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  • hammaad saghir

Government Diverts HS2 Funding to £4.7bn Local Transport Fund in Bold Policy Shift

The government has unveiled plans to enhance transportation infrastructure in smaller cities, towns, and rural areas across the North and Midlands, promising improved bus services, expanded EV charging networks, and pothole repairs. This initiative comes as part of a £4.7bn allocation through the newly established Local Transport Fund, following the redirection of funds saved from scrapping the northern leg of the HS2 rail project.

According to government officials, this funding will catalyze a wave of projects aimed at alleviating congestion, enhancing public transport accessibility, and reducing emissions. However, the announcement has drawn immediate criticism from the Labour opposition, who argue that it underscores years of underinvestment in regional transport networks.

The Local Transport Fund, scheduled to commence distribution from April next year, allocates £2.5bn for projects in the North and £2.2bn for projects in the Midlands. With funding available until 2032, the focus will be addressing longstanding grievances of smaller cities, towns, and rural areas regarding inadequate transport infrastructure investment.

Over the seven-year span of the fund, local authorities can expect investments averaging at least nine times higher than current allocations through the Local Integrated Transport Block. This shift empowers local leaders to prioritize crucial transport projects tailored to their communities' needs.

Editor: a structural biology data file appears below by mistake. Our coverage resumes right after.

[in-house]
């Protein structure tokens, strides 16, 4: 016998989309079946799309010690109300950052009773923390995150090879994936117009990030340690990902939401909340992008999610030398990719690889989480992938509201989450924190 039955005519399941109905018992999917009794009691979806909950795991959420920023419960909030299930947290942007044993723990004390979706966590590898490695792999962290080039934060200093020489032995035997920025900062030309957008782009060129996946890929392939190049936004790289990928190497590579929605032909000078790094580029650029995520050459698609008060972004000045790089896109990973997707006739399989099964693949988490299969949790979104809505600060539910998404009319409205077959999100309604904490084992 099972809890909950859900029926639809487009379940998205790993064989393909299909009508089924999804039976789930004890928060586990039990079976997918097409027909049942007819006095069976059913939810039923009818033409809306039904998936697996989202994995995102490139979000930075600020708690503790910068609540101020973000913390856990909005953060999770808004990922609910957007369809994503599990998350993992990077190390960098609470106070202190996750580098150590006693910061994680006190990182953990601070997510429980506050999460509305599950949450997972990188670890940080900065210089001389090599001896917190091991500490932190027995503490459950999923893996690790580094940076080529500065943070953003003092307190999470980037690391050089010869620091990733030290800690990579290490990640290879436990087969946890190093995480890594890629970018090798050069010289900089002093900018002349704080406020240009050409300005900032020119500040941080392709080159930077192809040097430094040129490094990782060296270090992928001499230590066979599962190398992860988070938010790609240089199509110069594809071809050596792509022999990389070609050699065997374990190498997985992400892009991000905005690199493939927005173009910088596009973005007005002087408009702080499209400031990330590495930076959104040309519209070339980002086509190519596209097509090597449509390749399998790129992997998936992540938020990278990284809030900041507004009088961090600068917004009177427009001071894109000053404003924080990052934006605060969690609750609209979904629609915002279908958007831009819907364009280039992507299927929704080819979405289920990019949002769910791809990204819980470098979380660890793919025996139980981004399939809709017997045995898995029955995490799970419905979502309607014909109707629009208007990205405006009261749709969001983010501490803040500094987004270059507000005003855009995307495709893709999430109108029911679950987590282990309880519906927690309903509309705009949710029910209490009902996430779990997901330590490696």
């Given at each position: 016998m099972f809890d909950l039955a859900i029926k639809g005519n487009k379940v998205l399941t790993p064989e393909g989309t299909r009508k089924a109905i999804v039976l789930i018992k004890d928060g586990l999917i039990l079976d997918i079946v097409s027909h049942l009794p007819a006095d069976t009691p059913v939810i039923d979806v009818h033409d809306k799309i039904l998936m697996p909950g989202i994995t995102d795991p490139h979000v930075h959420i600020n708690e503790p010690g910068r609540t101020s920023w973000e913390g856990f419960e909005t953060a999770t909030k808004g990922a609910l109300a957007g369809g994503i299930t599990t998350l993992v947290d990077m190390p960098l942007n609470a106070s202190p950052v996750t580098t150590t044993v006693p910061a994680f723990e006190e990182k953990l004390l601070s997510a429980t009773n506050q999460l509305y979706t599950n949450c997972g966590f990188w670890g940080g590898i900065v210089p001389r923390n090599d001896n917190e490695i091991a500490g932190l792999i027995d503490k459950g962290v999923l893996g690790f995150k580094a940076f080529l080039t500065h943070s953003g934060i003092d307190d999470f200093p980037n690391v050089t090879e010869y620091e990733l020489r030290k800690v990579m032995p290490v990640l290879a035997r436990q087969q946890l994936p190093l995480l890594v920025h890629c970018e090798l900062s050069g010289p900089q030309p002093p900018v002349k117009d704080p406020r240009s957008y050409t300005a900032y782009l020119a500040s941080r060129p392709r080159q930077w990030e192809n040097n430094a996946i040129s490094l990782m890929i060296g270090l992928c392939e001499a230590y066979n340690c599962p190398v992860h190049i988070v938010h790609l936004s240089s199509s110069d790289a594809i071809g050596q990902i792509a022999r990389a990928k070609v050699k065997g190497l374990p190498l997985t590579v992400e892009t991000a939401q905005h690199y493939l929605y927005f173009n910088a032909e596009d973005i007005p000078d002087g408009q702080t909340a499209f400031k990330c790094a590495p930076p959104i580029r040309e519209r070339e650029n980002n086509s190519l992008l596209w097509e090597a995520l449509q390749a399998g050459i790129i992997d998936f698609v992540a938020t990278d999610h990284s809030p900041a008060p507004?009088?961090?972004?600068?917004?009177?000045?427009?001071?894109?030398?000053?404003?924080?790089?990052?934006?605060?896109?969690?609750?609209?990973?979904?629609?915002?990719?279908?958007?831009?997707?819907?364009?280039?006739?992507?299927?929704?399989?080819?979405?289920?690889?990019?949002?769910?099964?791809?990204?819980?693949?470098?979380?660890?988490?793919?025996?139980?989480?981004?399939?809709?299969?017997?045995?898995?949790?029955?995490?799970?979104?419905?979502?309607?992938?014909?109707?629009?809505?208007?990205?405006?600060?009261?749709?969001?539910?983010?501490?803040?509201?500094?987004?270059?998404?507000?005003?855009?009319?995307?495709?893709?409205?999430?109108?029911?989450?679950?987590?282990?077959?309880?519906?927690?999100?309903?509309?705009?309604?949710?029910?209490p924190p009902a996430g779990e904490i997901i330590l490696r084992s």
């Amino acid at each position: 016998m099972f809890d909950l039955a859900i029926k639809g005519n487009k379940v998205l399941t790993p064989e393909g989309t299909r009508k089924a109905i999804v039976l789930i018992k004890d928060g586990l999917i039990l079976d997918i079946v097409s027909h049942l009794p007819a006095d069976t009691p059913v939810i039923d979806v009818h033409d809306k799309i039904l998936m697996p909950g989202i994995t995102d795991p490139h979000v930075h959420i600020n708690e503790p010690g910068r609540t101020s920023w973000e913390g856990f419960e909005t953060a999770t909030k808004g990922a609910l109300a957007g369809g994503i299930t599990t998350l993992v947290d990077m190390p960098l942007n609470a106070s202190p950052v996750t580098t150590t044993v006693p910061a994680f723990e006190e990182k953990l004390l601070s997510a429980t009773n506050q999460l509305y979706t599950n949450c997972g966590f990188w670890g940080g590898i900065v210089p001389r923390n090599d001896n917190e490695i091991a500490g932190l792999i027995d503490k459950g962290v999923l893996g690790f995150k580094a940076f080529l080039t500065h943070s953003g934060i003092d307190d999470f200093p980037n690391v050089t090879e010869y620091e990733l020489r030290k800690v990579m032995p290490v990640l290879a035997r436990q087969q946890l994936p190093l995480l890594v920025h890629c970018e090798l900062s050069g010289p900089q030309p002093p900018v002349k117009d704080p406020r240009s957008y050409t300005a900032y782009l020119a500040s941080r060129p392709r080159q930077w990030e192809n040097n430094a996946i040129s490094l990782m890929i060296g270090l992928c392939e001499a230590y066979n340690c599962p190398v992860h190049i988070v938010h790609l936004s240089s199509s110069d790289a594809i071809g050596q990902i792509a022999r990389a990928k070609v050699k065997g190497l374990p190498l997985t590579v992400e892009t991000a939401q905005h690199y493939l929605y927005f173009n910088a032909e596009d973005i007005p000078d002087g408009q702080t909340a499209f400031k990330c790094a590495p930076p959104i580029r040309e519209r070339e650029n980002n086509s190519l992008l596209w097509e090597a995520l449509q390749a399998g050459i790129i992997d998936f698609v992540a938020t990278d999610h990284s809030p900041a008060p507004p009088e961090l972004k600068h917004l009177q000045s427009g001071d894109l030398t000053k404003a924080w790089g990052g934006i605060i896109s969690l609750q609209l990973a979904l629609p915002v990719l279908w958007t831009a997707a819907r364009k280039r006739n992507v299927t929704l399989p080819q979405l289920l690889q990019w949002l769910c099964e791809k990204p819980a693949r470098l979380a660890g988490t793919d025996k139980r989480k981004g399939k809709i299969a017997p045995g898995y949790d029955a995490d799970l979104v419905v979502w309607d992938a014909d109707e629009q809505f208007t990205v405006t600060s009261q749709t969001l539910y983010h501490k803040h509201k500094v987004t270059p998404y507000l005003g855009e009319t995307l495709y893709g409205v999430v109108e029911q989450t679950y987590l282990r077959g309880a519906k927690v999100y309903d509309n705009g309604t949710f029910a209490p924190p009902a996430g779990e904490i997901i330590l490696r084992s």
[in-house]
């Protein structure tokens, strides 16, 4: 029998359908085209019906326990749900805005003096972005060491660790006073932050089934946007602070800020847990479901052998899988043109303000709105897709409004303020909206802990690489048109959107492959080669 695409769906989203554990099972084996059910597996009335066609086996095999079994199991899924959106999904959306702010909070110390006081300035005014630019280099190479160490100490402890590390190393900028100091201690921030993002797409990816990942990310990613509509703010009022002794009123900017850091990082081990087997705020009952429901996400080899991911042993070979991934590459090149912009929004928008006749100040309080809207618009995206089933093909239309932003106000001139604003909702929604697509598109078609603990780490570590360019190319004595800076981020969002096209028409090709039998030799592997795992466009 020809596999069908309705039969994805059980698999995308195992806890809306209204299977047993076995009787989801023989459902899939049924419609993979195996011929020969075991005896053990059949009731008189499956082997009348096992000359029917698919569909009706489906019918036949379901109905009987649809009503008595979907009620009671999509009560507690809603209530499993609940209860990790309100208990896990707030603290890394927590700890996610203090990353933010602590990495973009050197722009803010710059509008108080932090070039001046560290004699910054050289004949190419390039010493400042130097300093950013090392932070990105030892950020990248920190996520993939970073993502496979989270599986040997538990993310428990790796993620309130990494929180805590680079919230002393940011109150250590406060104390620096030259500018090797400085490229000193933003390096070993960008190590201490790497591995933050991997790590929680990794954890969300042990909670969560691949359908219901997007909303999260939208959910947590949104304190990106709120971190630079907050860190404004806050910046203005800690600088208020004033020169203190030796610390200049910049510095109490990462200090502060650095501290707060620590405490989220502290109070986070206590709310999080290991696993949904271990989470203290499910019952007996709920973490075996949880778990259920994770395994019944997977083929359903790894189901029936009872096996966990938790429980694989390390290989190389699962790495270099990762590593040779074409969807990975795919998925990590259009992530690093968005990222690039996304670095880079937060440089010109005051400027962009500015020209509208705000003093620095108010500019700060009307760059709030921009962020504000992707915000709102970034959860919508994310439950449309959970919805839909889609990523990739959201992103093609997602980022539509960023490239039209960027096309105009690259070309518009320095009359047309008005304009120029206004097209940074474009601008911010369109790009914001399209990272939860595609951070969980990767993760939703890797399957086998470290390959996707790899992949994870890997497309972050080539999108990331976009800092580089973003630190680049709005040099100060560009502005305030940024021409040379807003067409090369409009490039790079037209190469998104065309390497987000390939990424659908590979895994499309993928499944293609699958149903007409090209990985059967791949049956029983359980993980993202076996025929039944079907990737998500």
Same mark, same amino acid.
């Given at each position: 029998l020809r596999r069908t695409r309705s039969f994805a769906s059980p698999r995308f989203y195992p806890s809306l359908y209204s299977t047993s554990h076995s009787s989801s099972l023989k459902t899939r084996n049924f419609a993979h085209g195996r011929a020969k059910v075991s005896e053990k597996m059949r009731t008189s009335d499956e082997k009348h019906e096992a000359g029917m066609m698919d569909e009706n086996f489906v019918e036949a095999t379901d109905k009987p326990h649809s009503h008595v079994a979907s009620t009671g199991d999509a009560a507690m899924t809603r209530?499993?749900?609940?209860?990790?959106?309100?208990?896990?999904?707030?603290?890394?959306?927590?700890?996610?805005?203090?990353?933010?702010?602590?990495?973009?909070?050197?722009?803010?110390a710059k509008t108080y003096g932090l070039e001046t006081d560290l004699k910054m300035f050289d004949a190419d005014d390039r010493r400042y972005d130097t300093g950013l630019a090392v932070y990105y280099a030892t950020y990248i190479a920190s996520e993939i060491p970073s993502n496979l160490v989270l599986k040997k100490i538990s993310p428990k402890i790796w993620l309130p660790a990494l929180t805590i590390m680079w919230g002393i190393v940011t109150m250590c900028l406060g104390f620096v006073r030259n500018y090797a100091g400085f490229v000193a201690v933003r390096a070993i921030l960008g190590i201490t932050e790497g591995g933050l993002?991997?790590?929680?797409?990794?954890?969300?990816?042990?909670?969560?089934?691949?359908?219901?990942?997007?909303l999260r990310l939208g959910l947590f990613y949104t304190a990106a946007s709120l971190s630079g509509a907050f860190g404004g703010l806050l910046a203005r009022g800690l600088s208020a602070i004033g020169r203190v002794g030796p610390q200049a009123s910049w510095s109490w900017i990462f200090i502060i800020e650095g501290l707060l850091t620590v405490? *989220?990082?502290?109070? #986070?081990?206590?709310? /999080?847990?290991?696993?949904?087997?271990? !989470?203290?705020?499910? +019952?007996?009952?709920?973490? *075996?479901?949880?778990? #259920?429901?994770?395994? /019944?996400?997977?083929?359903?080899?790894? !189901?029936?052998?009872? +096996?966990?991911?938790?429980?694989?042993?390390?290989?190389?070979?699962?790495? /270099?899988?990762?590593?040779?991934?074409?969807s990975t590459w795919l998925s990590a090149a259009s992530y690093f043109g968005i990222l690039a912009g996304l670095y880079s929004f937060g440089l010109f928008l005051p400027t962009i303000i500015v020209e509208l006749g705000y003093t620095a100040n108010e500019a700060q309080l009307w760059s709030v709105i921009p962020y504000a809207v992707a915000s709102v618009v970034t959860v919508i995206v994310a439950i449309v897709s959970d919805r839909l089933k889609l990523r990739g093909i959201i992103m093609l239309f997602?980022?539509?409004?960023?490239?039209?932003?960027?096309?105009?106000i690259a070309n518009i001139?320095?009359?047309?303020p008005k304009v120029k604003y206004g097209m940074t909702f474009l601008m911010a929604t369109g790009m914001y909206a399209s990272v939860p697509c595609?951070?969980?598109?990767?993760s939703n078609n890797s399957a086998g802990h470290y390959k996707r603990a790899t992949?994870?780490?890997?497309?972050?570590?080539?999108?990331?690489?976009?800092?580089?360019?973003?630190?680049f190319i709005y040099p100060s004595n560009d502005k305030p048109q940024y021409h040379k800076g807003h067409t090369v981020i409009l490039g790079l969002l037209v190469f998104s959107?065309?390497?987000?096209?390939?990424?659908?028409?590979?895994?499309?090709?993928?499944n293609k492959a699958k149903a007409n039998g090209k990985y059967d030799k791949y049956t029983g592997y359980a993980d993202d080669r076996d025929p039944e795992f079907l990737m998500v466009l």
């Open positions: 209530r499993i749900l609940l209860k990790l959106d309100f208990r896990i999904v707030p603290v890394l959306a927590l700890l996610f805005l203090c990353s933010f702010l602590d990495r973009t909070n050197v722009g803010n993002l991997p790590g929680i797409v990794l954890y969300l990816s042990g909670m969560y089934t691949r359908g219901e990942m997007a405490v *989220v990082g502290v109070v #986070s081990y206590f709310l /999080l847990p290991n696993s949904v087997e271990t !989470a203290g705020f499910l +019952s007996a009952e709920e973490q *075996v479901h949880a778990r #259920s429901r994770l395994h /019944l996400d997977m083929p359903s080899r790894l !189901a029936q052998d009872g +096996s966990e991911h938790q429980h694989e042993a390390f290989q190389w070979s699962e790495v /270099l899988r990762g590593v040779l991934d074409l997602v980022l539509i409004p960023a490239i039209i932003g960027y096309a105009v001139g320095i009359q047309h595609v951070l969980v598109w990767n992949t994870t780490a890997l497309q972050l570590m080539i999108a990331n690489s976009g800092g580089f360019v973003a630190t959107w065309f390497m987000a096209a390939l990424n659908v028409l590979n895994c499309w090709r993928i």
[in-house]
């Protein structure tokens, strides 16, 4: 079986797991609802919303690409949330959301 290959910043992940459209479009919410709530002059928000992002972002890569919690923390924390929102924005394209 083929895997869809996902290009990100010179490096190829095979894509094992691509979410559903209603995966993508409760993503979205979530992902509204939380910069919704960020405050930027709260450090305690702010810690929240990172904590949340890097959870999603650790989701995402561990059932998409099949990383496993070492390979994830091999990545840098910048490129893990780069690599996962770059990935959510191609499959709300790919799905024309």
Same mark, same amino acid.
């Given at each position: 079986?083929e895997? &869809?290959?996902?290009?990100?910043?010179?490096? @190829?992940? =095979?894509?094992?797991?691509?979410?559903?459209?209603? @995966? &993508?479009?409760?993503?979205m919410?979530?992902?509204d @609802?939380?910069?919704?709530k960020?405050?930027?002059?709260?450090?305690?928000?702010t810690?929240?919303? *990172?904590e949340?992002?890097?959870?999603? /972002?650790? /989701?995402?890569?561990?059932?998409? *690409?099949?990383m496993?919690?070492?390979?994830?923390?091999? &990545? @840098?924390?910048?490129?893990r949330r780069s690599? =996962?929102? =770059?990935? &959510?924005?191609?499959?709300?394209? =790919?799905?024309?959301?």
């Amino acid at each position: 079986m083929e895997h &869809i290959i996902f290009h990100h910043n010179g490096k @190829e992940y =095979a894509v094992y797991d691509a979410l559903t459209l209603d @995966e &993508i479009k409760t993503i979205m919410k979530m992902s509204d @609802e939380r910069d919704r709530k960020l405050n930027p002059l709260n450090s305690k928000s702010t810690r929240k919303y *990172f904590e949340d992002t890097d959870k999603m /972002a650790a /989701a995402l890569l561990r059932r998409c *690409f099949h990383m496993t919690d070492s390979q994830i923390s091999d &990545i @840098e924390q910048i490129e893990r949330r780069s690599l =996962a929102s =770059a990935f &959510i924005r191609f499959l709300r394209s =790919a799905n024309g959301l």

Authorities are encouraged to propose diverse projects, including road construction and pothole repair initiatives, expansions of mass transit systems, congestion mitigation measures, increased deployment of electric vehicle charging stations, upgrades to bus and train stations, and improvements in pedestrian safety around schools.

Speaking ahead of a Cabinet meeting in Yorkshire today, Prime Minister Rishi Sunak said: "We have a clear plan to level up our country with greater transport links that people need and deliver the right long-term change for a brighter future. Through reallocating HS2 funding, we're not only investing billions of pounds directly back into our smaller cities, towns, and rural areas across the North and Midlands, but we are also empowering their local leaders to invest in the transport projects that matter most to their communities - this is leveling up in action."

His comments were echoed by Transport Secretary Mark Harper, who said: "Today's £4.7bn investment is truly game-changing for the smaller cities, towns, and rural communities across the North and the Midlands and is only possible because this government has a plan to improve local transport and is willing to take tough decisions like reallocating funding from the second phase of HS2.

"This funding boost will make a real difference to millions of people, empowering local authorities to drive economic growth, transform communities, and improve the daily transport connections people rely on for years to come."

The government underscores that the Local Transport Fund is part of a broader strategy, complemented by City Region Sustainable Transport Settlements and the extension of England's £2 bus fare cap. However, despite these initiatives, the decision to cancel the northern leg of HS2 remains contentious, with ongoing concerns about cost overruns and operational logistics. Critics question the efficacy of reallocating funds from HS2 and urge transparency in reallocation.

Labour's Shadow Transport Secretary Louise Haigh slammed today's announcement, arguing that "the Conservative record speaks for itself - record delays and cancellations on the rail network, 22 million more potholes, and a record-breaking collapse in bus routes".

"Only the Conservatives could have the brass neck to promise yet another 'transformation' of transport infrastructure in the Midlands and north after 14 years of countless broken promises to do just that," she added.


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